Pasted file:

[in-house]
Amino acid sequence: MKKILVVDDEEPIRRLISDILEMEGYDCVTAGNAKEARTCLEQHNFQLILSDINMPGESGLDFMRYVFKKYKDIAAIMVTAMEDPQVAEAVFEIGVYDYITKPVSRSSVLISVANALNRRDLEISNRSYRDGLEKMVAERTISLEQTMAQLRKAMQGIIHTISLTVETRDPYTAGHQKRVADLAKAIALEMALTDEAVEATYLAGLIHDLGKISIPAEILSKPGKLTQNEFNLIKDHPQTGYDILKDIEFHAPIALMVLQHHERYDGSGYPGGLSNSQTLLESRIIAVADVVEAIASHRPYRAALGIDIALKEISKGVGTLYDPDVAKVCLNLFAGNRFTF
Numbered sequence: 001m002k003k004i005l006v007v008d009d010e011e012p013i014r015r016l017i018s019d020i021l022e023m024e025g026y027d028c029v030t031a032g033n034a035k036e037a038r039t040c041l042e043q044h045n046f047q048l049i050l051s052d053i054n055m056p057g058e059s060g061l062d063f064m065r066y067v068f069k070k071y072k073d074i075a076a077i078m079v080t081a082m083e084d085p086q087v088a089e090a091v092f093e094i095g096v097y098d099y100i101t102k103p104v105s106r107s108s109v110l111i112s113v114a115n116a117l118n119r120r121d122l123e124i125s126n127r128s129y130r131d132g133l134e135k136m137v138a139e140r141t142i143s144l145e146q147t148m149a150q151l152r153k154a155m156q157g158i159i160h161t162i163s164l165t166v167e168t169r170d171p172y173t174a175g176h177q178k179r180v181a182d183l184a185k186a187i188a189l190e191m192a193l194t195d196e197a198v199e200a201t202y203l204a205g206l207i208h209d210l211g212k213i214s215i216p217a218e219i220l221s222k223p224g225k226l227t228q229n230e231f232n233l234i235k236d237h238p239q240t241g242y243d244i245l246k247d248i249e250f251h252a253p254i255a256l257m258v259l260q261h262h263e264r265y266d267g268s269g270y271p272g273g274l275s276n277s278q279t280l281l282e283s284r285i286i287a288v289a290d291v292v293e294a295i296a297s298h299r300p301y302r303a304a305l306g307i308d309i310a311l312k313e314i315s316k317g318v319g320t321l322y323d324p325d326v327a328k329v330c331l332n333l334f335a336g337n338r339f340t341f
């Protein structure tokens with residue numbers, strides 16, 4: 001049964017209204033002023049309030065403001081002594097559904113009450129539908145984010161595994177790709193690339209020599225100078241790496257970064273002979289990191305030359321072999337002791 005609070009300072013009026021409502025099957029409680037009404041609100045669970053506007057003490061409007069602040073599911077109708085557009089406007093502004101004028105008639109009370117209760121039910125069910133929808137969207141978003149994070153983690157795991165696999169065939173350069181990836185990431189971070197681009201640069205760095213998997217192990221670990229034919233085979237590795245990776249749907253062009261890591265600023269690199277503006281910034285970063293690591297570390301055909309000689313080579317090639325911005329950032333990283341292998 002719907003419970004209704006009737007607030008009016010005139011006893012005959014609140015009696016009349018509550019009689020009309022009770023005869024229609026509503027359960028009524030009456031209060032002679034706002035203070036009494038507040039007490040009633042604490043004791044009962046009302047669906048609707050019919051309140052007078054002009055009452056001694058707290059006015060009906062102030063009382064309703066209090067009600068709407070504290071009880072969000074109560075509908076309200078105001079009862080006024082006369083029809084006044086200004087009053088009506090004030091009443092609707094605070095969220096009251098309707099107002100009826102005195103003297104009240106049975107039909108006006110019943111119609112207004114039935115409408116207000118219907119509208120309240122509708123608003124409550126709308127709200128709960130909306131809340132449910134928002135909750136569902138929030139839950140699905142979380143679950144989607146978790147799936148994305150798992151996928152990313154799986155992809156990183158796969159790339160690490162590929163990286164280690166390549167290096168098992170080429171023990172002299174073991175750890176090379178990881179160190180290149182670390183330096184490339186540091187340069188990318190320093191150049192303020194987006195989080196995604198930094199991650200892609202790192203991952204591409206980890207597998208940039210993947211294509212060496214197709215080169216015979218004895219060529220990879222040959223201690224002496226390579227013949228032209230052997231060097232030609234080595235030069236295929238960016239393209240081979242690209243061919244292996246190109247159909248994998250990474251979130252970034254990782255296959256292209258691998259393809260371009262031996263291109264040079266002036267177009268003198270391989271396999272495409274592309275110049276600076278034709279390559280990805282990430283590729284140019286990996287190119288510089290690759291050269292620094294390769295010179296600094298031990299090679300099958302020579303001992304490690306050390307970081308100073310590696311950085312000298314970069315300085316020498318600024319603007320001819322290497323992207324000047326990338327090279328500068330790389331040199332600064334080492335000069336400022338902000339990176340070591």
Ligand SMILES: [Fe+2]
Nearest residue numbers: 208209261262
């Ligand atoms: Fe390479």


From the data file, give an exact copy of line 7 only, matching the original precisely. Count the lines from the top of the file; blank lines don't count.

């Ligand atoms: Fe390479």